A stock car driver on a road course, on the other hand, looks busier than the proverbial one-armed paperhanger – heel-and-toeing while shifting gears through an H-pattern gearbox and sawing heroically at the comically oversized steering wheel as he confronts massive amounts of oversteer, terminal understeer, fading brakes, flat-spotted tires and broiling heat emanating from the front-mounted engine, red-hot exhaust and steel tubing of the chassis.
Which is why I, for one, am thrilled that NASCAR now has no fewer than six road courses on its typically oval-centric schedule. Not because I want the drivers to suffer but because it’s shaking up a sport that’s been running in circles – literally – for far too long.
Road racing has never been part of NASCAR’s DNA. Yes, the series ran at Riverside from the 1960s through the 1980s, but if you check out the grainy footage of those races, you’ll see cars lumbering through the Esses like a getaway Galaxie in a cop show on American TV. By the 1990s, NASCAR made regular stops at Sonoma and Watkins Glen, and guys like Jeff Gordon, Mark Martin and Tony Stewart emerged as road course heroes. But most drivers treated these races as more or less throwaway events.
“Eventually, owners realized they could steal some results by hiring specialists like Dan Gurney”
Eventually, the owners of second-tier teams realized they could steal some results by hiring sports car specialists for one-off rides, just as F1 stud Dan Gurney had cleaned up at Riverside back in the 1960s. Canadian Ron Fellows was the first and statistically most successful of the modern road course ringers, as they were somewhat snarkily dubbed. But the driver who had the biggest impact was Boris Said, who made his debut at the Glen in 1998.
Tall and lanky, with a goatee and loosey-goosey attitude, Said didn’t fit the standard NASCAR template. But his crew sure did. “It was like Days of Thunder,” he recalls. “The crew chief asks me, ‘You like eight-and-a-half-inch upper control arms or nine-and-a-half?’ I’m like, ‘You know I’ve never driven one of these cars before.’”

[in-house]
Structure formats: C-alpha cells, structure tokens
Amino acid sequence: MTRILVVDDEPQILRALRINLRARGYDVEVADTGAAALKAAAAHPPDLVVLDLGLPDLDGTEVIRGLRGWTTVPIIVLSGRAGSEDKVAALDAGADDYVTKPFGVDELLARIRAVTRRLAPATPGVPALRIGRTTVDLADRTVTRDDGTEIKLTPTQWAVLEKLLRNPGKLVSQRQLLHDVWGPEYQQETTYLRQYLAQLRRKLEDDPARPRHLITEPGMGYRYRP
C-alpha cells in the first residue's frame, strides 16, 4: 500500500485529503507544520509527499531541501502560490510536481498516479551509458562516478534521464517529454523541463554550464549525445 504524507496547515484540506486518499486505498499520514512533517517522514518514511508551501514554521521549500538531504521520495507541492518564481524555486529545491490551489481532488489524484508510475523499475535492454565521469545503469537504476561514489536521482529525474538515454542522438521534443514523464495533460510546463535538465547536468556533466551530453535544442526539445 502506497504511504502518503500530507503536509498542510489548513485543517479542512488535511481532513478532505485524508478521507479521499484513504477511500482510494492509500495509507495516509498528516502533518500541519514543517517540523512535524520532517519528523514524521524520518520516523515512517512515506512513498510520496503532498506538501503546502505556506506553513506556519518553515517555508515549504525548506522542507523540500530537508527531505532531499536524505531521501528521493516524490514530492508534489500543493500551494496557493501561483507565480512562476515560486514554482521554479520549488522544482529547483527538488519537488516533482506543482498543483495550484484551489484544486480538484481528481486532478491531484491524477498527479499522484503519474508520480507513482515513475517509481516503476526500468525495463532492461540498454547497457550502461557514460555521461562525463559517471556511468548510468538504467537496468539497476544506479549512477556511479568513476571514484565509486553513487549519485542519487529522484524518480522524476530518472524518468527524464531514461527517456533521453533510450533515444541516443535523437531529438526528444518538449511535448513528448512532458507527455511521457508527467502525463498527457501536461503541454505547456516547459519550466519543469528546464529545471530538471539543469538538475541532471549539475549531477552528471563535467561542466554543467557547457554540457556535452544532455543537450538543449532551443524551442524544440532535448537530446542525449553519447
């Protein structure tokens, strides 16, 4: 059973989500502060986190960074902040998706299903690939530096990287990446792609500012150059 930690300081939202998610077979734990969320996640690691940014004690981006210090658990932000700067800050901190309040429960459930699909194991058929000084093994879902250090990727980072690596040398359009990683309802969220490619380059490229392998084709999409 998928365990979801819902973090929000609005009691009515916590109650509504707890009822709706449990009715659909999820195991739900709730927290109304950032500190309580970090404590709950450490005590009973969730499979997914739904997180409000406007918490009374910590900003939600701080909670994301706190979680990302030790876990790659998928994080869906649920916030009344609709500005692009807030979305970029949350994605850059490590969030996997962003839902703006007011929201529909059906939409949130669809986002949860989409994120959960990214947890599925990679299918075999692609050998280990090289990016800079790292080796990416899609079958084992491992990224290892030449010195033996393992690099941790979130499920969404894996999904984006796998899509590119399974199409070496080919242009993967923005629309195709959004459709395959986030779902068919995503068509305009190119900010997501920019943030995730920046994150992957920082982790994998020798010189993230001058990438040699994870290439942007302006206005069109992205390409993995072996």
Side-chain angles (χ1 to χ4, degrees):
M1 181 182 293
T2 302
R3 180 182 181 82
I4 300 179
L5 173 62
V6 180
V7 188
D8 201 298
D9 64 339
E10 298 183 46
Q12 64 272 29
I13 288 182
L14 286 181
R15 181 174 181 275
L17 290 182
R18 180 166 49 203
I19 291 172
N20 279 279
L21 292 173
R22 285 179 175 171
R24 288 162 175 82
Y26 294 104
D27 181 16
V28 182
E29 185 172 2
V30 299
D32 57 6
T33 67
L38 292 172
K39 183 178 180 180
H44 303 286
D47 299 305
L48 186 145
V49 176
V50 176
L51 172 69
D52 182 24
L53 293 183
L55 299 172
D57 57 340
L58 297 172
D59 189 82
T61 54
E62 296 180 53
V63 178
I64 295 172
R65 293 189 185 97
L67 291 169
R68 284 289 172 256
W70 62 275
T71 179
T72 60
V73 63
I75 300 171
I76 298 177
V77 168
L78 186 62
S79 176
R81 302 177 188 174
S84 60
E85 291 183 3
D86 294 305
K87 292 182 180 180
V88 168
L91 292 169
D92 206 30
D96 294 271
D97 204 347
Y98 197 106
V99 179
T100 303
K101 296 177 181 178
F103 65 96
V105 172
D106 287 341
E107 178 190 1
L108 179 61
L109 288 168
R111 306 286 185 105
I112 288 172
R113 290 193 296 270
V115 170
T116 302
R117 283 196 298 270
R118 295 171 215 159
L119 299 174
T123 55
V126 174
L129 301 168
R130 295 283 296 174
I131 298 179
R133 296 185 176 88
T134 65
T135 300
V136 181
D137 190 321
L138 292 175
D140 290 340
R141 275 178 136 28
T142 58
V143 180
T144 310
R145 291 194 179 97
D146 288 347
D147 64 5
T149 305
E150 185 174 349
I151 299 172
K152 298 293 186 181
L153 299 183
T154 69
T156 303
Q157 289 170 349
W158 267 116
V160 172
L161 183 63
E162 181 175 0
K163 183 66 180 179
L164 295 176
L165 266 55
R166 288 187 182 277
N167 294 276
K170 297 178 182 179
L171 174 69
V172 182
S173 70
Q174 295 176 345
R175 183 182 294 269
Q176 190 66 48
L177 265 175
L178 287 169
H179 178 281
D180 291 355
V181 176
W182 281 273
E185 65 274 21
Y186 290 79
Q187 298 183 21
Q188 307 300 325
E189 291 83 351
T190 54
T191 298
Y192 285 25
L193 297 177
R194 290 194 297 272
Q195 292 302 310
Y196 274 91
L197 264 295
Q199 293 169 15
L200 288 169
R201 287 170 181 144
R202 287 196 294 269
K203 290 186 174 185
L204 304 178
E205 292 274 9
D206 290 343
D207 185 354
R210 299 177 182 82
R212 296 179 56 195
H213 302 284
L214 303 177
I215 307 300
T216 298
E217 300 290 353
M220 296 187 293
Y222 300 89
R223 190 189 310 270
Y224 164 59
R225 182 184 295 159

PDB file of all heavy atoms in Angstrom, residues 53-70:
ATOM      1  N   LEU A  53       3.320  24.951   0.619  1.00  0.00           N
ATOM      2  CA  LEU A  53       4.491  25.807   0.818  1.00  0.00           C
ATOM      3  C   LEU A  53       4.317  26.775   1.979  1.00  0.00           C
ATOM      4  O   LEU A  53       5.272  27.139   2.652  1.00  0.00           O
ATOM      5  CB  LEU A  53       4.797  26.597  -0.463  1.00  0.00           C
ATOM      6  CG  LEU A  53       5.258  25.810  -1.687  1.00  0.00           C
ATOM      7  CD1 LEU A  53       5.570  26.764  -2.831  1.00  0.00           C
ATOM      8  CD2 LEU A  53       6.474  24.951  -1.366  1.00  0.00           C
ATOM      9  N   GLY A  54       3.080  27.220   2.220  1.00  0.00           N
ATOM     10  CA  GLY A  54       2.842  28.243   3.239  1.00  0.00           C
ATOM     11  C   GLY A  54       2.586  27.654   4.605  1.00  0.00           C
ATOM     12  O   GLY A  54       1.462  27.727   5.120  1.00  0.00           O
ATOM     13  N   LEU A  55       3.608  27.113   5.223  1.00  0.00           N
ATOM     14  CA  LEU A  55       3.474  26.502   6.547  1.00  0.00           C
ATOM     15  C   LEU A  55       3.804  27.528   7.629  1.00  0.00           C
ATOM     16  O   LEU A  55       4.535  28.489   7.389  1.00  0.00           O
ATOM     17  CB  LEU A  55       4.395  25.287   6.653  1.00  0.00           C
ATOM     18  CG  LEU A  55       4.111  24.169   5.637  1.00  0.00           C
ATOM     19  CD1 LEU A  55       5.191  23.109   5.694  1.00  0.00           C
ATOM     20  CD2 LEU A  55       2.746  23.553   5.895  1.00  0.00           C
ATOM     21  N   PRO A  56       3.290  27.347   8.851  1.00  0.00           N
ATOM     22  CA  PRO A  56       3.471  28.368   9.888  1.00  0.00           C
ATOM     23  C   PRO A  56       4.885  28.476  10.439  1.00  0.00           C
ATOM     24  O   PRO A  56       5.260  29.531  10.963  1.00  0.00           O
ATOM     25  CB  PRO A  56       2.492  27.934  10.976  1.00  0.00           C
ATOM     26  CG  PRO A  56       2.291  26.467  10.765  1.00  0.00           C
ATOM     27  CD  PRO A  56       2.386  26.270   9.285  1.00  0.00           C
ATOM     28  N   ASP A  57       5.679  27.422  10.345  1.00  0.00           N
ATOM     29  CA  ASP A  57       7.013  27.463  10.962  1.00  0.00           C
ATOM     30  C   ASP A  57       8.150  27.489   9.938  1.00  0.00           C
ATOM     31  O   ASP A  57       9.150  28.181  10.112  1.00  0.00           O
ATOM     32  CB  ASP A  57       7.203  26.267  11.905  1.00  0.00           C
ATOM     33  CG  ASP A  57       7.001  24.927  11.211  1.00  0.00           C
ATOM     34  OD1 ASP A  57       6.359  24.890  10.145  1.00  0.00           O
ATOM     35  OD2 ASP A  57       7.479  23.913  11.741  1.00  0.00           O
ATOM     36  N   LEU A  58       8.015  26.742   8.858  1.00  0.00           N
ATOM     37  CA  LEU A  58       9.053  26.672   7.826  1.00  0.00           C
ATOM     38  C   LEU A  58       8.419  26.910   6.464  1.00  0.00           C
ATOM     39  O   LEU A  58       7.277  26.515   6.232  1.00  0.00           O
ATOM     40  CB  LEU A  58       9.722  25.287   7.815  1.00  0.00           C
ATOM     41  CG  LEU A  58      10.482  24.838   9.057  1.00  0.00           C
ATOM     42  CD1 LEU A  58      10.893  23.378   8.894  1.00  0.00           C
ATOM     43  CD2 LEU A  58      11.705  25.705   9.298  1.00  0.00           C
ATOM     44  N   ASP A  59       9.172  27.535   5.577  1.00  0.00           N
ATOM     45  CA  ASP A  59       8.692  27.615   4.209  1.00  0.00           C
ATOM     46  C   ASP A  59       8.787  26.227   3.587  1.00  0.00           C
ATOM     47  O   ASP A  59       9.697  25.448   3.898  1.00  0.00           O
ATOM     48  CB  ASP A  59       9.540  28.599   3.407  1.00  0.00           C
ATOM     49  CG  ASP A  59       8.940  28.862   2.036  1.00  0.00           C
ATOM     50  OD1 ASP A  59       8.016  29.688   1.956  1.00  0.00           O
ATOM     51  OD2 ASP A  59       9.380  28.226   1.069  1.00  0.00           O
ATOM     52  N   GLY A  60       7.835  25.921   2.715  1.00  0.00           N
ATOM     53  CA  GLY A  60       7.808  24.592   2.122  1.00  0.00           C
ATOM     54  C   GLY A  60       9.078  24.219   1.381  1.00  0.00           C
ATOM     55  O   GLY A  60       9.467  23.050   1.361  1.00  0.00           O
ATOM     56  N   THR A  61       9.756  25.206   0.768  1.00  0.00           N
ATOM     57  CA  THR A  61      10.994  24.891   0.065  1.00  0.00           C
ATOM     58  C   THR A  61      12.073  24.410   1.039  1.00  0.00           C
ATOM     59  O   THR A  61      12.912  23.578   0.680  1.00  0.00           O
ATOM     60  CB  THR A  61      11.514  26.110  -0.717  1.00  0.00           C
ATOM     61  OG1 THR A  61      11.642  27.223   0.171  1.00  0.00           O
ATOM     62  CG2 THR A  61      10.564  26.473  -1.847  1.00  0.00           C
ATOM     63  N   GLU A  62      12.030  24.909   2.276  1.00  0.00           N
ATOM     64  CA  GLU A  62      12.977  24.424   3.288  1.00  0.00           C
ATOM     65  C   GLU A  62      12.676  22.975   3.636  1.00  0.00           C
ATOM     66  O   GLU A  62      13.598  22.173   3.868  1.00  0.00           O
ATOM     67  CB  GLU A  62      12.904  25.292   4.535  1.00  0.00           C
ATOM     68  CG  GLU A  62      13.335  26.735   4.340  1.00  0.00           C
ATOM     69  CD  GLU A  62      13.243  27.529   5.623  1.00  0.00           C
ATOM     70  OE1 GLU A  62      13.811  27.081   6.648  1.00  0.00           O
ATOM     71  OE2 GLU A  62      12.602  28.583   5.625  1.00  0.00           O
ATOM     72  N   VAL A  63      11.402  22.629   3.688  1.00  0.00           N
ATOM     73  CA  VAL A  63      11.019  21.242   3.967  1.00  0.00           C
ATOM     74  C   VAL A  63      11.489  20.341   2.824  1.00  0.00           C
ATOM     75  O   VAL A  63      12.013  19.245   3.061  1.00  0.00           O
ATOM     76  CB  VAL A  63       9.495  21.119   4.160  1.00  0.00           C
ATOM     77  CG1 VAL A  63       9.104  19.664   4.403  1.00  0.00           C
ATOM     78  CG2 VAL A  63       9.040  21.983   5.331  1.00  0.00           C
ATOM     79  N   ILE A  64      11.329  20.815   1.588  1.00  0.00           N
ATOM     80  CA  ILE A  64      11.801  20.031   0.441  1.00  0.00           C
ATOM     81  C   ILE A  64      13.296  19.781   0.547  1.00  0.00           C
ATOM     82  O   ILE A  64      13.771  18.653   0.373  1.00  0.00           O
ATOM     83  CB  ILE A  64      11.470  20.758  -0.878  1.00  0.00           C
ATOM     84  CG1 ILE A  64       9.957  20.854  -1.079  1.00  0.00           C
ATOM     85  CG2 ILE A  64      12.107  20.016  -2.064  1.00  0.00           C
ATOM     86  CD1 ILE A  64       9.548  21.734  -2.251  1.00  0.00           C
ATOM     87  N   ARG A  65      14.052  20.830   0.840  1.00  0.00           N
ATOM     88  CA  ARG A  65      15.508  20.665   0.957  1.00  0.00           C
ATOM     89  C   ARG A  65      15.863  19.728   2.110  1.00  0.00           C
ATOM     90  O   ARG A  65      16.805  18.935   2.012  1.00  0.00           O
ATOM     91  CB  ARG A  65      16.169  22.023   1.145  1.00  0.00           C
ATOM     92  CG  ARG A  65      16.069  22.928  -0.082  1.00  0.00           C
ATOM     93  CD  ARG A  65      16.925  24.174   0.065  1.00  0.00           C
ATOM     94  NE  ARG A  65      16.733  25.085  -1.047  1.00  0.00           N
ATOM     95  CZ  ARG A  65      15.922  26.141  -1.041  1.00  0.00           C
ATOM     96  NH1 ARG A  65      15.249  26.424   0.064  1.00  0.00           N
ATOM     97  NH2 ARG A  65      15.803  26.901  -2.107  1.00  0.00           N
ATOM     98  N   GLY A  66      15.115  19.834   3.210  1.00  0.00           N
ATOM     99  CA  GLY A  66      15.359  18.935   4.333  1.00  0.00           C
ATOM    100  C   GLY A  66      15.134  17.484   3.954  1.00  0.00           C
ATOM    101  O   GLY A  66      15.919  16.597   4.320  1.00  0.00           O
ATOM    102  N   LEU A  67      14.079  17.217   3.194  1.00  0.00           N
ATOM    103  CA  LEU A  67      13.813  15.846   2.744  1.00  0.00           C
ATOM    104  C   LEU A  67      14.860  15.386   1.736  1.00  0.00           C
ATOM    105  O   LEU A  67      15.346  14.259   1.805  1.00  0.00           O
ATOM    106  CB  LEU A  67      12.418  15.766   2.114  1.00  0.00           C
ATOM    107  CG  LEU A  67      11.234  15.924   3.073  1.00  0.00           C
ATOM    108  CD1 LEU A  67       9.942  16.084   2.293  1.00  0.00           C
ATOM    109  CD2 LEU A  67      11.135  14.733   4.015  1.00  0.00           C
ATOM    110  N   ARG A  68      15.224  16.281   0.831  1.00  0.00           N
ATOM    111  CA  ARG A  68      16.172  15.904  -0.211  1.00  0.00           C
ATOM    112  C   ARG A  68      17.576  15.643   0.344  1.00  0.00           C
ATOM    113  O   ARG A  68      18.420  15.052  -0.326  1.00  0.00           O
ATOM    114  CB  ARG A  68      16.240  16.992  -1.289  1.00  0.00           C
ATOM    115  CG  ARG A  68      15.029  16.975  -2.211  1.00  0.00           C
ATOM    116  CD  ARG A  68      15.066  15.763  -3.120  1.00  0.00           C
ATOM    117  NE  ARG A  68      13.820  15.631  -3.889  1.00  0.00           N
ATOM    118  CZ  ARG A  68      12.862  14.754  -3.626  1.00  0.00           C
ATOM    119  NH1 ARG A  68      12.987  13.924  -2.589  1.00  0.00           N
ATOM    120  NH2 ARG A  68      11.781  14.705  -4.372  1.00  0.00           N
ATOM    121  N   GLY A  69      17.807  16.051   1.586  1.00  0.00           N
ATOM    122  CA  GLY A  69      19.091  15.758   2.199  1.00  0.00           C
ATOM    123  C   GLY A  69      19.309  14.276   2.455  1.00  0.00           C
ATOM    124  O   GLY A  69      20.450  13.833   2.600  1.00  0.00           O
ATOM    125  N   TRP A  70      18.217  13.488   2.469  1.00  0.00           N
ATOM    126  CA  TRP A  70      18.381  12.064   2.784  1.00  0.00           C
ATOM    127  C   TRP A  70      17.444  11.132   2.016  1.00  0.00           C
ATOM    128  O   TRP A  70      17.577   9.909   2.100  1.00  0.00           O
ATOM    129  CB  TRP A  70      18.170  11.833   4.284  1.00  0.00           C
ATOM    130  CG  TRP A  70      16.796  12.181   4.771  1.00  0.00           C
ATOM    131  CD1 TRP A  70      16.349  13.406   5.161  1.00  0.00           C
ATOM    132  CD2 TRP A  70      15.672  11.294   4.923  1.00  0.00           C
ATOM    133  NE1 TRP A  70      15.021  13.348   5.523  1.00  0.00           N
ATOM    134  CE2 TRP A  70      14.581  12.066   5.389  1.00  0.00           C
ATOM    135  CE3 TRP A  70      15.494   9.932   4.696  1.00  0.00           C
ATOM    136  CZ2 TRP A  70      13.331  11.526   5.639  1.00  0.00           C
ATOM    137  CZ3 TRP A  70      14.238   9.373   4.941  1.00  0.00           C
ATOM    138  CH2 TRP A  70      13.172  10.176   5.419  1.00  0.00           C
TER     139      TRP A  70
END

Everybody else was using practice for simulated qualifying runs. But Said, desperate for seat time, pounded around on spent tires for nearly the entire session. “I was like 38th or 40th. The owner comes on the radio and says with this real Southern accent, ‘Boris, there’s one thing you’re leading in: You got more laps than anybody,’” Said says with a laugh. “I came in and they put new tires on, and I went to second on the board. After that, everything changed for me – respect, everything.”
Besides doing several Cup races a year and scoring a full-time ride in NASCAR’s truck series, Said also forged a lucrative second career coaching stock car drivers during test days on road circuits. He started with the basics like threshold braking, matching revs on downshift and not rolling too much speed into corners. “They’re some of the best drivers in the world,” he says. “So it was like, if you show a duck water, it’s going to swim.”
Said taught his pupils so well he found himself out of a Cup job. (Road course ringers were also hurt by new rules limiting testing, advances in simulator training and better cars and drivers throughout the field.) Right now, the only Cup regular with a road-racing pedigree is Michael McDowell, who raced briefly in Indy cars and won in a Daytona Prototype before finding a home in NASCAR.